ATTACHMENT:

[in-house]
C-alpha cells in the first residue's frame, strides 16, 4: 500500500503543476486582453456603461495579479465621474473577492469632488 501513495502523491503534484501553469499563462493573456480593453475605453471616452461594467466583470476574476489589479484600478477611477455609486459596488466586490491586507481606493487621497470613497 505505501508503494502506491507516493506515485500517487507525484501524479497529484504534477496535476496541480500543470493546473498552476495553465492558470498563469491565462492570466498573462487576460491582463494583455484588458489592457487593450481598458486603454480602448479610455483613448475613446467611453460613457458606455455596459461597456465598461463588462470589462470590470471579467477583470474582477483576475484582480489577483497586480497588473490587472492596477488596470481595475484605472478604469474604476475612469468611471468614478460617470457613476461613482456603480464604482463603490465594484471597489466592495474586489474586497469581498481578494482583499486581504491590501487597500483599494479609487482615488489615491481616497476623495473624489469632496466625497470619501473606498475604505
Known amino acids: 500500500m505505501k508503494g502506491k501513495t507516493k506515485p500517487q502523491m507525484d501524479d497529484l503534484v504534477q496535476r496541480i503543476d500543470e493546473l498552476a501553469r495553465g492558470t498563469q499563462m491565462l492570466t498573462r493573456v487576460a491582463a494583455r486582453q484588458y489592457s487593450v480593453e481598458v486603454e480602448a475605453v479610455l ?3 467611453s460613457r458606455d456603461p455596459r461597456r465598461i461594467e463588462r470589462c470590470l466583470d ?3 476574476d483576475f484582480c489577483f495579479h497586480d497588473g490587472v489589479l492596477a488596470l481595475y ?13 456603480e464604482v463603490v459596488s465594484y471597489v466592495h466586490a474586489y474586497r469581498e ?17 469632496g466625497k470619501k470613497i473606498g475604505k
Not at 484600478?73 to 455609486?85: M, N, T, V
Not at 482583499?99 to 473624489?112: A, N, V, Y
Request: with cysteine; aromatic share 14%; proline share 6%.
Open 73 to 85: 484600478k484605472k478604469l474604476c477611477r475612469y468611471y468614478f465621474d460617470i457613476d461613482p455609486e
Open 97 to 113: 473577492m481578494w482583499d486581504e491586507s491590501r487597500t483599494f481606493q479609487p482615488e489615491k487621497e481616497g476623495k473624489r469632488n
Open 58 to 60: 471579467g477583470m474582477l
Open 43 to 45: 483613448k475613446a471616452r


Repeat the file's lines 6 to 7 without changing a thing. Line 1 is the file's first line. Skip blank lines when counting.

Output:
Request: with cysteine; aromatic share 14%; proline share 6%.
Open 73 to 85: 484600478k484605472k478604469l474604476c477611477r475612469y468611471y468614478f465621474d460617470i457613476d461613482p455609486e